# Simulation of Digital Communication Systems Using Matlab [eBook] – Second Edition

**Simulation of Digital Communication Systems Using Matlab [eBook]**

Author: Mathuranathan Viswanathan

* Published: Feb. 18, 2013
Language: English
ISBN : 9781301525089
Words: 57,050 (approximate)
Release date: 25 September 2013 (Second Edition)*

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**Description:**

Are you interested in simulation of communication systems in Matlab and do not know where to start? If so, your search for a good text ends here. Some of the simulation topics include various digital modulation and channel coding techniques, OFDM, fading channels, random distributions .Essential topics in digital communication are also introduced to foster better understanding of simulation methodologies.

This ebook is meant for students and instructors who are interested in simulation of signal processing and digital communication with Matlab. You should have a fair understanding of Matlab programming to begin with. Essential topics in digital communication are introduced to foster understanding of simulation methodologies.

This second edition includes following new topics – propagation path models like – log normal shadowing, Hata-Okumura models, in-depth treatment of Shannon-Hartley equation and Channel Capacity calculation

Some of the key topics include: Sampling theorem, hard & soft decision decoding, Hamming codes, Reed Solomon codes, convolutional codes, Viterbi decoding, Inter symbol interference, Correlative coding, Raised cosine filter, Square Root Raised Cosine filter, Gibbs phenomenon, Moving average filter, Probability and random process, Chi-square, Gaussian, Uniform, Rician, Rayleigh distributions, demonstration of central limit theorem, Propagation models, fading models, digital modulation techniques, OFDM, spread spectrum.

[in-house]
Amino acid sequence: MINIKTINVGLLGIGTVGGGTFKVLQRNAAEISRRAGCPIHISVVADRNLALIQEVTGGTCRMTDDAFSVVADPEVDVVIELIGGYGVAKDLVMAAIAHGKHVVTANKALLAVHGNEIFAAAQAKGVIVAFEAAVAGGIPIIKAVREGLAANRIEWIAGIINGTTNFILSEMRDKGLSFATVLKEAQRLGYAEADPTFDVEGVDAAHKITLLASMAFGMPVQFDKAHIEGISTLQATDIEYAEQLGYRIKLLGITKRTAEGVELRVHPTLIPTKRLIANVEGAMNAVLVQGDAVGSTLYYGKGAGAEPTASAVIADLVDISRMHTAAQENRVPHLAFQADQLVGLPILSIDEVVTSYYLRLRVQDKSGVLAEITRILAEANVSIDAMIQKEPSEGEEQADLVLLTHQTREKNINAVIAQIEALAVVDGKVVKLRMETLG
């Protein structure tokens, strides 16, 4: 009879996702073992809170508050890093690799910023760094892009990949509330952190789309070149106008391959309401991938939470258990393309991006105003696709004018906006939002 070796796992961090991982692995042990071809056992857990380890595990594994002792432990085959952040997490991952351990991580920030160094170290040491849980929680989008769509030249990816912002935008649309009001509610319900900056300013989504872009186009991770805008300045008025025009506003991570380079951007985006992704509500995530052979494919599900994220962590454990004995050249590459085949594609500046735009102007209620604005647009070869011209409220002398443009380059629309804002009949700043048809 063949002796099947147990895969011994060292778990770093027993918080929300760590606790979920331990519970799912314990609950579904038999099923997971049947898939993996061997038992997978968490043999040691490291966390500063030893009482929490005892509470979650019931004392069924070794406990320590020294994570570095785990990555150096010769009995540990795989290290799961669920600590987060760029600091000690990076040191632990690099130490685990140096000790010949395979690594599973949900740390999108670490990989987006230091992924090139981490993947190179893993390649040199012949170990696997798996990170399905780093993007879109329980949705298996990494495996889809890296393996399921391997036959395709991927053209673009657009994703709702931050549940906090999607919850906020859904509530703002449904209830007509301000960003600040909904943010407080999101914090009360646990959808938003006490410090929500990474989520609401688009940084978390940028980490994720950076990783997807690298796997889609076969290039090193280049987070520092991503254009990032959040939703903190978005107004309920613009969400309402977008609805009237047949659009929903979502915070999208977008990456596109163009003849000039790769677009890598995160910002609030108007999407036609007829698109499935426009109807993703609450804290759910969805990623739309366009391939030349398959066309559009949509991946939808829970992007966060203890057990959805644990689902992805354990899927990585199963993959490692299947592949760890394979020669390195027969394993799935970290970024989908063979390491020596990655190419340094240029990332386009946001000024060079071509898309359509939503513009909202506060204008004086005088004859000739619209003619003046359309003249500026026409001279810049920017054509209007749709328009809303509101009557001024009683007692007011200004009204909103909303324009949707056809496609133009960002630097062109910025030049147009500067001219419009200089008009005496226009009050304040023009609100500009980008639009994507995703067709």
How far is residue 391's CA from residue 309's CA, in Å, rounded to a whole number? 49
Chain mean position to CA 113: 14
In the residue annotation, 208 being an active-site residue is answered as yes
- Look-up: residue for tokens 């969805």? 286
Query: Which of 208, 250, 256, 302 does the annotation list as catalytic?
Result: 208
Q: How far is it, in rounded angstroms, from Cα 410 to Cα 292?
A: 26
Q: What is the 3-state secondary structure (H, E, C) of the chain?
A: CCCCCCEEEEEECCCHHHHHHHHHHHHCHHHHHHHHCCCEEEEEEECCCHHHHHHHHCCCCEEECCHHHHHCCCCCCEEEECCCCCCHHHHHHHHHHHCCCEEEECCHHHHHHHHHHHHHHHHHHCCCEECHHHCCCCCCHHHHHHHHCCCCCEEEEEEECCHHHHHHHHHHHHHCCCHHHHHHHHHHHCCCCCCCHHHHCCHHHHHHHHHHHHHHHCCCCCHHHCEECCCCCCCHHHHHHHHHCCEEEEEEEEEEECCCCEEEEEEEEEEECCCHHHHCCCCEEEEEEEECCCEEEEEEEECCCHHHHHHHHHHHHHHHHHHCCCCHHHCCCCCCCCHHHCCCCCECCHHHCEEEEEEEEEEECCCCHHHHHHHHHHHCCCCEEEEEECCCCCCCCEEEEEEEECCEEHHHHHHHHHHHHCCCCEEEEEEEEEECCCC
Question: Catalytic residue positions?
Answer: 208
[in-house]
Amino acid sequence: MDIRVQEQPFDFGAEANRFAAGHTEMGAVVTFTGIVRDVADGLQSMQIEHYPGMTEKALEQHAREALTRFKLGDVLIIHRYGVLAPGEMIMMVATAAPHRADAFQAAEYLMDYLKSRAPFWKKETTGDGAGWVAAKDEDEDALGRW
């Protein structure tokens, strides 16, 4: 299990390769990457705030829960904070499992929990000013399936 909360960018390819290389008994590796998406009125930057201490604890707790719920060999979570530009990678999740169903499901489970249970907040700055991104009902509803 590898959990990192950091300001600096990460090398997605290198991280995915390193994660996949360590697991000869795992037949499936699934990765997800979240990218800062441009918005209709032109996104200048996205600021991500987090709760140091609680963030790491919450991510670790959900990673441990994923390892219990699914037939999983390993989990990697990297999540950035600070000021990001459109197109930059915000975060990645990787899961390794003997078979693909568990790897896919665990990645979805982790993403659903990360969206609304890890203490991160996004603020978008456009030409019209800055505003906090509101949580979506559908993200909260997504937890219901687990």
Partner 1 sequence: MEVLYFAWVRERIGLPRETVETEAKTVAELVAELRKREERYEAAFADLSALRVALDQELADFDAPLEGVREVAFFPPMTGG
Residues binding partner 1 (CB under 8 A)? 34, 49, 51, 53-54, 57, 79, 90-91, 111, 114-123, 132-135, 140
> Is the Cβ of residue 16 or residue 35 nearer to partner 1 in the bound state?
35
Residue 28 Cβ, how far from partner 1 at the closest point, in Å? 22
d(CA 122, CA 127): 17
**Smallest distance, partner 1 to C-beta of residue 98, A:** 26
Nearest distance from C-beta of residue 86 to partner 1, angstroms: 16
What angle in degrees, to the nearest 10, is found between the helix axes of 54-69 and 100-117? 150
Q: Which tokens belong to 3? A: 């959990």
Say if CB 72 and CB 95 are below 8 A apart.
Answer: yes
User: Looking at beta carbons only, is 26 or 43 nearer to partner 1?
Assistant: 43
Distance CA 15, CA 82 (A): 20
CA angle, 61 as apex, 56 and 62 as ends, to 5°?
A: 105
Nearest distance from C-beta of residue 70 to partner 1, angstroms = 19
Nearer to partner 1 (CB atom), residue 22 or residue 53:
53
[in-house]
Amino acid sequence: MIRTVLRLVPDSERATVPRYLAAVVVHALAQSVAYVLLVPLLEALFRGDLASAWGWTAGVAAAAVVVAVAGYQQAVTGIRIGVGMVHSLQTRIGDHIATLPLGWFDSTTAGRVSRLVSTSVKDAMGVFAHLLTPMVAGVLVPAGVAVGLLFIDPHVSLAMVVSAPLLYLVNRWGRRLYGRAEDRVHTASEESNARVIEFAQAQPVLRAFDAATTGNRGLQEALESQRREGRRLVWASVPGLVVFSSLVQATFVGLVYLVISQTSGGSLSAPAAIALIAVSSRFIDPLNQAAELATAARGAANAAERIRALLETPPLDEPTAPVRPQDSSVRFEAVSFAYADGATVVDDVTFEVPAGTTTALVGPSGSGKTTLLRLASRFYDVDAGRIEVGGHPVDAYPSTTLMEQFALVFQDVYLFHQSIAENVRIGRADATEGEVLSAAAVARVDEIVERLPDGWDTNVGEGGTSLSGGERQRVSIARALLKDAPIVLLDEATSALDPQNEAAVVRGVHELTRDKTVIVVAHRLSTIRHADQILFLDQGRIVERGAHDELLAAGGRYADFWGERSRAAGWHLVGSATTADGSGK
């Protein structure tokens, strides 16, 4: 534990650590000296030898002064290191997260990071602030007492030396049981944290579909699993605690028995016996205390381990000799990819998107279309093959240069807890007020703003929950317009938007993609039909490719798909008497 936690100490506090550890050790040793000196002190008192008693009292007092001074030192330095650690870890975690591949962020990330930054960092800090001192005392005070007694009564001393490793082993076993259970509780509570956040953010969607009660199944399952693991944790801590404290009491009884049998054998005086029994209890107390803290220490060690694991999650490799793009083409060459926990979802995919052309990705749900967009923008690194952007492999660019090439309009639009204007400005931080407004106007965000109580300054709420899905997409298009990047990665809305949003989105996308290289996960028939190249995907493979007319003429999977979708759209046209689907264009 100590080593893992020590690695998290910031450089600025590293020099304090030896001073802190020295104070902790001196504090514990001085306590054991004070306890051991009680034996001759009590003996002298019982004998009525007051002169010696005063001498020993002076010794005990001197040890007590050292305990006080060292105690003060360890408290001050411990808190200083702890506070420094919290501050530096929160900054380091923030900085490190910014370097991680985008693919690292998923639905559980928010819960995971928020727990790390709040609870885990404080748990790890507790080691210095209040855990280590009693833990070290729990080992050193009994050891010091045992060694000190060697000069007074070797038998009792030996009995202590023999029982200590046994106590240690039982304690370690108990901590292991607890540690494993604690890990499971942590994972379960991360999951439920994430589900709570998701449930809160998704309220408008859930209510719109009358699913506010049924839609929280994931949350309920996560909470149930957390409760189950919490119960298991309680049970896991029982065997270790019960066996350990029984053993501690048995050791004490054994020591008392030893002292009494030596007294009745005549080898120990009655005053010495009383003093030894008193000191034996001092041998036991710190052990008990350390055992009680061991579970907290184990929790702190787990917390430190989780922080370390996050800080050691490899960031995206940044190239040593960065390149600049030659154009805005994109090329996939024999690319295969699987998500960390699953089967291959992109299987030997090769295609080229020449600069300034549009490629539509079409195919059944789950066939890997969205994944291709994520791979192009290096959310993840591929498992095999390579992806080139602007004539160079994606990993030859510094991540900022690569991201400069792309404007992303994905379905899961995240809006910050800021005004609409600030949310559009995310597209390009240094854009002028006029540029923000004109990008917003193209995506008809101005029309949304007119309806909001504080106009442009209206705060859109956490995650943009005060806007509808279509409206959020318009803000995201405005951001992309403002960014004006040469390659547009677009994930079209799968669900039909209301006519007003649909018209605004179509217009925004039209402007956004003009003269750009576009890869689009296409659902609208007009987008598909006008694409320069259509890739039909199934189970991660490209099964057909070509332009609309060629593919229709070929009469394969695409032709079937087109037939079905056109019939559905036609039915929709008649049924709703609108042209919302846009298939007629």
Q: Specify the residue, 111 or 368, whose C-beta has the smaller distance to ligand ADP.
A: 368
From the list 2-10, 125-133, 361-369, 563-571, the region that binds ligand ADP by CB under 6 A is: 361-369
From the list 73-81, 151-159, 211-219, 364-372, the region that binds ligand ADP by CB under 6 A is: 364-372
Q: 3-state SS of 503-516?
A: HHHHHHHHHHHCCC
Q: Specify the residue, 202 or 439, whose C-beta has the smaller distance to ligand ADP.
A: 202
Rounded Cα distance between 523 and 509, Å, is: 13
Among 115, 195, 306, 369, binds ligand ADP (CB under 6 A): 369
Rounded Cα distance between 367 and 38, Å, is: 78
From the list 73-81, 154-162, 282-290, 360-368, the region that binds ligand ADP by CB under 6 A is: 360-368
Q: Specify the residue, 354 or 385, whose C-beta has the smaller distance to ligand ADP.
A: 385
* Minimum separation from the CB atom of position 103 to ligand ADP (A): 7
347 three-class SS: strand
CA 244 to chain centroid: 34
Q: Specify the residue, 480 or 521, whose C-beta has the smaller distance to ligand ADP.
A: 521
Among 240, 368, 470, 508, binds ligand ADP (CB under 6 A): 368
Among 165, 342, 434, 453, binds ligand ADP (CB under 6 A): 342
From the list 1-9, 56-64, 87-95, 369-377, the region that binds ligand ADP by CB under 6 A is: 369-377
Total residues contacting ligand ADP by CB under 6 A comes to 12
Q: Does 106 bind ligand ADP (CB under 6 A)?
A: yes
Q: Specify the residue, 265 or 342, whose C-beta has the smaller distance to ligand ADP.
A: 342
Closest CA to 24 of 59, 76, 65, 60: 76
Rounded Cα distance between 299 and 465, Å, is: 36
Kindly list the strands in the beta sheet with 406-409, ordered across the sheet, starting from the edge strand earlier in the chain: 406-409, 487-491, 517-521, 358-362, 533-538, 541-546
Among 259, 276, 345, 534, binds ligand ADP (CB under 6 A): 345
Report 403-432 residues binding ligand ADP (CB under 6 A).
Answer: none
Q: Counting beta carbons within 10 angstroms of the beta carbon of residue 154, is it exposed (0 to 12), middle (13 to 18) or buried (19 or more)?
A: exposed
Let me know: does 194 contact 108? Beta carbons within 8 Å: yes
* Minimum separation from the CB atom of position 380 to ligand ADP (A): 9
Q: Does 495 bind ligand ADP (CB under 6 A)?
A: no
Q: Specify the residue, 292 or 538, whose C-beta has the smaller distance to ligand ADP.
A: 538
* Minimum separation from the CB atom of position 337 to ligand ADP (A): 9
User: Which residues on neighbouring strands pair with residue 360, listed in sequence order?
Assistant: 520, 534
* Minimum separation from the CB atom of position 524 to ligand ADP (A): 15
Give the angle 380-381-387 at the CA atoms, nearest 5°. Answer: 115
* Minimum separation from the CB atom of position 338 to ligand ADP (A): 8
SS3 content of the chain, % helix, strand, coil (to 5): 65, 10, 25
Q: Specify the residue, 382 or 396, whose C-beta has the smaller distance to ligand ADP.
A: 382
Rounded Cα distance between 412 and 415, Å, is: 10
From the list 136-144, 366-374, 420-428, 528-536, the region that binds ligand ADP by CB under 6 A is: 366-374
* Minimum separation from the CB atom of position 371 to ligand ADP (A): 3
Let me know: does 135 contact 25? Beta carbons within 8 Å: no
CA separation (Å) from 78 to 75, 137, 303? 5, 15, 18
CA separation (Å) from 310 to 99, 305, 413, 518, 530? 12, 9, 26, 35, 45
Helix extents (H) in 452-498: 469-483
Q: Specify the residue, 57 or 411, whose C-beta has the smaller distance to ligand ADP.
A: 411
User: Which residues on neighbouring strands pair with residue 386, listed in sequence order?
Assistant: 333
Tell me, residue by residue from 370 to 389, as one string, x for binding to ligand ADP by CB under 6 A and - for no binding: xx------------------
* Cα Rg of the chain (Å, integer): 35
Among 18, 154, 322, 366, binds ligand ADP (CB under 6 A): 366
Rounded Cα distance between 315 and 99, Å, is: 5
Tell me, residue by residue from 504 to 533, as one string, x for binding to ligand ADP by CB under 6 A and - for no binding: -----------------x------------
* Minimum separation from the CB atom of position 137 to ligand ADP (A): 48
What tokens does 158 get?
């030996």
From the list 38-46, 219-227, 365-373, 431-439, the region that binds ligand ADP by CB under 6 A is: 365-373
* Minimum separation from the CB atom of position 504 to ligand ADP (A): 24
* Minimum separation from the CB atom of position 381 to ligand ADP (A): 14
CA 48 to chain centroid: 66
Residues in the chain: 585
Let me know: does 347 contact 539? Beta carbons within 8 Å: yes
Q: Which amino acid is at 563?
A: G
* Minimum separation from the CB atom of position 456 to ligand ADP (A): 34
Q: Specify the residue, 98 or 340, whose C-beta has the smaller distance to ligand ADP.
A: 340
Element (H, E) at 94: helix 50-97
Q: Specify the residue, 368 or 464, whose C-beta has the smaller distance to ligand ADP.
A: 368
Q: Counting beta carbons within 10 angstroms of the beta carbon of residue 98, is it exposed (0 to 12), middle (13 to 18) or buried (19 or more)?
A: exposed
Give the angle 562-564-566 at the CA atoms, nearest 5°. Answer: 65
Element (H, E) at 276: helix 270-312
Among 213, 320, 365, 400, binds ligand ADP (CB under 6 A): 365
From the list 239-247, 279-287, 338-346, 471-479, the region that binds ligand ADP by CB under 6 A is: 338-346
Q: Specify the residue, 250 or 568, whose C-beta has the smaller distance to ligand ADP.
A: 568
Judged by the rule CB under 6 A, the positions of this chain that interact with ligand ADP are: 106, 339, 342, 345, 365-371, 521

**Note:** If you are** residing in India and do not have a credit card** to purchase this book, write to us at support@gaussianwaves.com. We will assist you.

**Table of Contents: **

Table of Contents (click to expand)

- Chapter 1: Essentials of Digital Communication
- 1.1 Introduction to Digital Communication
- 1.2 Sampling Theorem – Baseband Sampling
- 1.3 Sampling Theorem – Bandpass or Intermediate or Under Sampling
- 1.4 Oversampling, ADC – DAC Conversion, pulse shaping and Matched Filter
- 1.5 Channel Capacity
- 1.6 Performance of Channel Codes
- 1.7 Distances: Hamming Vs. Euclidean
- 1.8 Hard and Soft Decision Decoding
- 1.9 Maximum Likelihood Decoding

- Chapter 2: Channel Coding
- 2.1 Hamming Codes – How it works
- 2.2 Construction of Hamming codes using matrices
- 2.3 Introduction to Reed Solomon Codes
- 2.4 Block Interleaver Design for RS codes
- 2.5 Convolutional Coding and Viterbi Decoding

- Chapter 3: Inter Symbol Interference and Filtering
- 3.1 Introduction to controlled ISI (Inter Symbol Interference)
- 3.2 Correlative coding – Duobinary Signaling
- 3.3 Modified Duobinary Signaling
- 3.4 Raised Cosine Filter
- 3.5 Square Root Raised Cosine Filter (Matched/split filter implementation)
- 3.6 Gibbs Phenomena – A demonstration
- 3.7 Moving Average (MA) Filter

- Chapter 4: Probability and Random Process
- 4.1 Introduction to concepts in probability
- 4.2 Bayes’ Theorem
- 4.3 Distributions and Density Functions
- 4.4 Gaussian random variable and Gaussian distribution
- 4.5 Uniform Random Variables and Uniform Distribution
- 4.6 Chi-Squared Random Variable and Chi-Squared Distribution
- 4.7 Non-central Chi-squared Distribution
- 4.8 Central Limit Theorem
- 4.9 Colored Noise Generation in Matlab

- Chapter 5: Channel Models and Fading
- 5.1 Introduction to Channel models
- 5.2 Friis Free Space Propagation Model
- 5.3 Log Distance Path Loss or Log Normal Shadowing Model
- 5.4 Hata – Okumura Models
- 5.5 Introduction to Fading Models
- 5.6 Rayleigh Fading and Rayleigh Distribution
- 5.7 Rayleigh Fading Simulation – Young’s model
- 5.8 Simulation of Rayleigh Fading Model – (Clarke’s Model – Sum of Sinusoids)
- 5.9 Rician Fading and Rician Distribution